I had a chance to interview a black-belt in brazilian jiu jitsu – Gui Valente. He is well known jiu jitsu teacher in Florida. At “Valente Brothers Jiu Jitsu” he teaches law enforcements and military among other students. I personally, never tried jiu jitsu before, but after interviewing Gui, I think I might want to take a couple of classes next time I’m in Miami :)
Who is Gui Valente?
Firstly, thank you for the invitation and for the opportunity to talk about our lifestyle. I am from Rio de Janeiro, Brazil and for the past 13 years Miami Beach has been my home. I moved to South Florida as soon as I graduated from high school in Rio to attend Barry University. I chose Miami mostly because of the warm weather and the beaches. Coming from Rio, I felt that it would be a lot easier to adapt, especially because of our diet. In Miami, you can always find a great variety of fruits and vegetables all year round. Also, Rio and Miami share many other similarities; the Latin influence and the ability to practice water sports all across the city are just a few. Another reason why I chose Miami was because my older brother Pedro already lived here and had started his own Jiu-Jitsu school. Growing up, Jiu-Jitsu was always part of our lives and coming to Miami made it easier not only to train with my brother, but also to help him with the school as well.
How did you get involved into jiu-jitsu
Actually, I do not even remember the first time I trained Jiu-Jitsu. In our family lifestyle, training starts when you are still an infant. I was fortunate because my dad was already a black belt and got me started before I could walk. When I was two years old I began taking classes from Grandmaster Hélio Gracie, the founder of Gracie Jiu-Jitsu (also known as Brazilian Jiu-Jitsu) and continued to be his student until he passed away in January of 2009.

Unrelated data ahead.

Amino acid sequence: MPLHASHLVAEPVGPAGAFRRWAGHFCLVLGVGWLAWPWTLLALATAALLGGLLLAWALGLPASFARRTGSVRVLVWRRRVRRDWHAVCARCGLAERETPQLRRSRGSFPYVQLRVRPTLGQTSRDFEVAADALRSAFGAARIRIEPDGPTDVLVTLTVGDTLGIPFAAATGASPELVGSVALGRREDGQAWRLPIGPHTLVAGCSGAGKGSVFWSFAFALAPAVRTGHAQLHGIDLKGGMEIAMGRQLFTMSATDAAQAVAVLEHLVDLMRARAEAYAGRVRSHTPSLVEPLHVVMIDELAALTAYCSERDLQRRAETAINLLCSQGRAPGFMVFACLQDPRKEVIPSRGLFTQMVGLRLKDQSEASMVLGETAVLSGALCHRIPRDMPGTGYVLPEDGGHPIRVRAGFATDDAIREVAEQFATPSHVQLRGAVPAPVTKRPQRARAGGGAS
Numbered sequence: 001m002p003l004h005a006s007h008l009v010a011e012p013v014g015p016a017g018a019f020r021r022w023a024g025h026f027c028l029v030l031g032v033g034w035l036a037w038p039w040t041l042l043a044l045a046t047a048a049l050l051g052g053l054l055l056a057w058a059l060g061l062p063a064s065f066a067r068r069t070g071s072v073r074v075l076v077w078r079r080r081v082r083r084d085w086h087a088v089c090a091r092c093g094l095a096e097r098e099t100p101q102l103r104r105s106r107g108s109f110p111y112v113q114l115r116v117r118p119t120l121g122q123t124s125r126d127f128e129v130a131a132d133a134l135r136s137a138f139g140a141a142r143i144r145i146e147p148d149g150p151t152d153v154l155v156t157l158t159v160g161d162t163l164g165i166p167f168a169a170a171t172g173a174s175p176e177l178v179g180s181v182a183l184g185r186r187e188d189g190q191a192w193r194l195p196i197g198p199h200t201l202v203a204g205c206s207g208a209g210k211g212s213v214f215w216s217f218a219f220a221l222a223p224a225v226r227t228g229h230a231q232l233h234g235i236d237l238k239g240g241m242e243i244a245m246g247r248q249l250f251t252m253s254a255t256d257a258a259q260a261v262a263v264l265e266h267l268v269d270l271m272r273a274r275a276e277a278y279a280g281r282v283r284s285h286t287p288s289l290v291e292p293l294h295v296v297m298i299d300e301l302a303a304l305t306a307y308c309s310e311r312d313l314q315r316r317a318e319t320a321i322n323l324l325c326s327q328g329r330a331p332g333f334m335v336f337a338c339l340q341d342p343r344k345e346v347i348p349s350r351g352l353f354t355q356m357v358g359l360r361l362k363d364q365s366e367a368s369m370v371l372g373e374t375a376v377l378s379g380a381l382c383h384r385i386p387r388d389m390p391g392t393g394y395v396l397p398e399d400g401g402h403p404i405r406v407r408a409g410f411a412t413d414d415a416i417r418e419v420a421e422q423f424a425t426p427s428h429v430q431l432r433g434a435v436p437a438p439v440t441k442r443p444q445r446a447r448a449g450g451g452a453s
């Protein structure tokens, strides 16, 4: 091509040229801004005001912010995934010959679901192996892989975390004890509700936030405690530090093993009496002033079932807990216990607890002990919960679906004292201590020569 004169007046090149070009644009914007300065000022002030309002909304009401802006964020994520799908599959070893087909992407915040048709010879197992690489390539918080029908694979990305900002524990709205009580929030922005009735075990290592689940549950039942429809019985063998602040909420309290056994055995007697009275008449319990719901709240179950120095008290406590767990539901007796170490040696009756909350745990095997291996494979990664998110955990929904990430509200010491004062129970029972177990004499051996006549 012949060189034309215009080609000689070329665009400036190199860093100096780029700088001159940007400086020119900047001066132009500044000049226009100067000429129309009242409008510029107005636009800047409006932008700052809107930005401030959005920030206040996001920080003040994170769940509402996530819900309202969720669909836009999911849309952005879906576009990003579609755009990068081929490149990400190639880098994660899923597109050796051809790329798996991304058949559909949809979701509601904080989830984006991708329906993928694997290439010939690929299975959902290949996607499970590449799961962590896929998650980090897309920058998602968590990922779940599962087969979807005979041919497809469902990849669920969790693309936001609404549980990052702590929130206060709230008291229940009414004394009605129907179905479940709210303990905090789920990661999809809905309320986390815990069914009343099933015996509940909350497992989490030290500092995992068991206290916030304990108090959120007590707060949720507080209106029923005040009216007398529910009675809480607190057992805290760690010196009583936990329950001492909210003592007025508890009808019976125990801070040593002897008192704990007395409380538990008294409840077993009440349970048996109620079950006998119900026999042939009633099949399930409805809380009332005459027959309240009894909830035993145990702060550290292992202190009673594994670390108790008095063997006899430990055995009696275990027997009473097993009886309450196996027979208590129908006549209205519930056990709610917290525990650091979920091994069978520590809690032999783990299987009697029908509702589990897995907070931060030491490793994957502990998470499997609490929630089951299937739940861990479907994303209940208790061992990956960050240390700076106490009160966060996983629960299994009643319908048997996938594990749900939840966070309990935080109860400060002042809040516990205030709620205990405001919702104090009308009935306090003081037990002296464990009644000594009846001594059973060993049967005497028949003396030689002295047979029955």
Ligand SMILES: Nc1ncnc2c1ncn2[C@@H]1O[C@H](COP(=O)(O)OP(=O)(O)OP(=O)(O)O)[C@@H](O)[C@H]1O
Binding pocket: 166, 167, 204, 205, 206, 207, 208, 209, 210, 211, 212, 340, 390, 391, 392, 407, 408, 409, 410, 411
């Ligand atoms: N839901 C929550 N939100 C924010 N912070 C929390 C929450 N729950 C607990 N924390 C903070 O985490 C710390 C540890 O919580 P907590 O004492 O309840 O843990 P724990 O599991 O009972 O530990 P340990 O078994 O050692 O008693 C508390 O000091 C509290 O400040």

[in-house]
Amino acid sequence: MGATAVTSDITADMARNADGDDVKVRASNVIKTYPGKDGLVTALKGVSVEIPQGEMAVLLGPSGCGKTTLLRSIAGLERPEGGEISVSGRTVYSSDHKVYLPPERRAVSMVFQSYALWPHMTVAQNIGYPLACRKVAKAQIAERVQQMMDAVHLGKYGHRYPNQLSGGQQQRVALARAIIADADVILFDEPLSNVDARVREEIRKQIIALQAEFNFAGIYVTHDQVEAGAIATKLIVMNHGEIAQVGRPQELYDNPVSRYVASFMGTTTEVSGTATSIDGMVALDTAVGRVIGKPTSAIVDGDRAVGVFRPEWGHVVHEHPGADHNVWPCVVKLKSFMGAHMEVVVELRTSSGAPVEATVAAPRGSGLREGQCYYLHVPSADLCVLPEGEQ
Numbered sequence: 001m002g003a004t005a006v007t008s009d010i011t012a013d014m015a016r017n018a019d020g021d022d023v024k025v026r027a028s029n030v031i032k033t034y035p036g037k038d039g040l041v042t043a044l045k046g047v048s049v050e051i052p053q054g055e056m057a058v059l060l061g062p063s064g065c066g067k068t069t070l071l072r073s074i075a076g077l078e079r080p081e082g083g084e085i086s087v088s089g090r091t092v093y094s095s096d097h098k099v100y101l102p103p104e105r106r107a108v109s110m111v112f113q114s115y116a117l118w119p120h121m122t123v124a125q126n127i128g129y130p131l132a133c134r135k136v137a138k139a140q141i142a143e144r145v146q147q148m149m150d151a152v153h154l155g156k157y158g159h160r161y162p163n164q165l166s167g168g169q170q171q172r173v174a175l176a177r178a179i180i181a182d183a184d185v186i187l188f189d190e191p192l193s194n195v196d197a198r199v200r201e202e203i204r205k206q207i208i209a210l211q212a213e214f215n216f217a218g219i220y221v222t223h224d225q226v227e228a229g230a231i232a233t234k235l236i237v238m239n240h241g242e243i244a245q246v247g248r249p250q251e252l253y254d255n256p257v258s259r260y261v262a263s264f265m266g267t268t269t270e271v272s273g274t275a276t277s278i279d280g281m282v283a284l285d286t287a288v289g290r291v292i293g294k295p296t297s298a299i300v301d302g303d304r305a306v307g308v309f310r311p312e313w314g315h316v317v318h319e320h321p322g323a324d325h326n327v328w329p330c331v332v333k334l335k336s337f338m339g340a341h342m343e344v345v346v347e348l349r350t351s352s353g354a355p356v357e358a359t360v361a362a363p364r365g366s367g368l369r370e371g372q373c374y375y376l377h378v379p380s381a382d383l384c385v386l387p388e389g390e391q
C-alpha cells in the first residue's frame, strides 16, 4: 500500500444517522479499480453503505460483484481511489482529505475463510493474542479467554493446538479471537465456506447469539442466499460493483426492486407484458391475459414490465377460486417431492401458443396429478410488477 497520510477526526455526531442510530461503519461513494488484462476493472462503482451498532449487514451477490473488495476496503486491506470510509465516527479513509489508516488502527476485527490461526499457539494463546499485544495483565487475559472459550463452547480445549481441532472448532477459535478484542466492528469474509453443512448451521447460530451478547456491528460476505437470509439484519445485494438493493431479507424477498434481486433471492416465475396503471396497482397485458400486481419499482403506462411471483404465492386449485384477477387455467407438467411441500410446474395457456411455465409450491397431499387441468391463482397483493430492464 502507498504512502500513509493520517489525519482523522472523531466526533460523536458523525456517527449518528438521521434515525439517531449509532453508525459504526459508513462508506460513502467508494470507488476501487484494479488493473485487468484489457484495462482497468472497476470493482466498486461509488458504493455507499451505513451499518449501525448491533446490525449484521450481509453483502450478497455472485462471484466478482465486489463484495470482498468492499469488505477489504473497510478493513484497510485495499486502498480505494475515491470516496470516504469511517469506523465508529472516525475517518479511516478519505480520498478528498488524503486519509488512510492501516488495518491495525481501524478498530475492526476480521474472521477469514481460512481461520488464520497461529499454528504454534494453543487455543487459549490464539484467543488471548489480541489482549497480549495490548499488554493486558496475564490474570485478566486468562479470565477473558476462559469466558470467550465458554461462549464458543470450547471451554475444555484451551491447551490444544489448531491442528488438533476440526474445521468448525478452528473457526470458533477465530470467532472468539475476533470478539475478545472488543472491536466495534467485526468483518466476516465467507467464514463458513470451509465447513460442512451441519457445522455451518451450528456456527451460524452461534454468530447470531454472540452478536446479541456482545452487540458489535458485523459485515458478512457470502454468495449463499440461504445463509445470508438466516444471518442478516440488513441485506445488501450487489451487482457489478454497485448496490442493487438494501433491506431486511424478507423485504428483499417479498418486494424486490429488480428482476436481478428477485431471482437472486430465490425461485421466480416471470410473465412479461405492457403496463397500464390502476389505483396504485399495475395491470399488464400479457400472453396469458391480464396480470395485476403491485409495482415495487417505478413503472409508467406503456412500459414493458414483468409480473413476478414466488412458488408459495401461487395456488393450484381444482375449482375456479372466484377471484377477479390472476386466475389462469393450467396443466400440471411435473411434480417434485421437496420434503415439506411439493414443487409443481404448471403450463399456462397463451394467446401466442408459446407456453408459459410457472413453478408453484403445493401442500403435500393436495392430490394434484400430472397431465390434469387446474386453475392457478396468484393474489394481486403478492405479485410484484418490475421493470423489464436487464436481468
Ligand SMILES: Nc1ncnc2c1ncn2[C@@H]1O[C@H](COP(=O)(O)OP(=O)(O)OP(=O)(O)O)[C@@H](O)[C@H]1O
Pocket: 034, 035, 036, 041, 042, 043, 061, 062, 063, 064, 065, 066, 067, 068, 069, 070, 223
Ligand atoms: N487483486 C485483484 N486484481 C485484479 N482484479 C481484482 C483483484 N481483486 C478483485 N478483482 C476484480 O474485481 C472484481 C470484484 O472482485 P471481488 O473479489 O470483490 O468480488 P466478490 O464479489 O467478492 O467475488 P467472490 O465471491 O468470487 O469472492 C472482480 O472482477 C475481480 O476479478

Who is your inspirational figure
My father, Dr. Pedro Valente and my teacher, Hélio Gracie. Together, they taught me valuable lessons about the mind, the body and the spirit. Through their teachings I learned how to protect myself physically and intellectually. I learned that there is no better investment than in our own health. I learned to understand and respect the laws of nature and that everything happens for a reason. I learned we should always try to better ourselves in every thing we do and that we should always continue to learn.
What does Gui Valente eat?
My diet consists primarily of fruits and vegetables and follows three basic elements:
- Food selection,
- Food combining,
- Spacing between meals.
I am still not a full vegetarian, but I stopped eating red meat in 2007. Growing up, I learned that a good avocado and some Brazil nuts are much healthier sources of protein than beef. I also learned to respect food and to only eat what is healthy. In a normal day I’ll have a fruit smoothie for breakfast; a nice green salad with plenty of raw vegetables, legumes, cashews and a plate of whole grain and fish, and my carrot juice, for lunch; and for dinner, another fruit smoothie – and, if I am hungry, a couple pieces of whole wheat toast with honey or dates.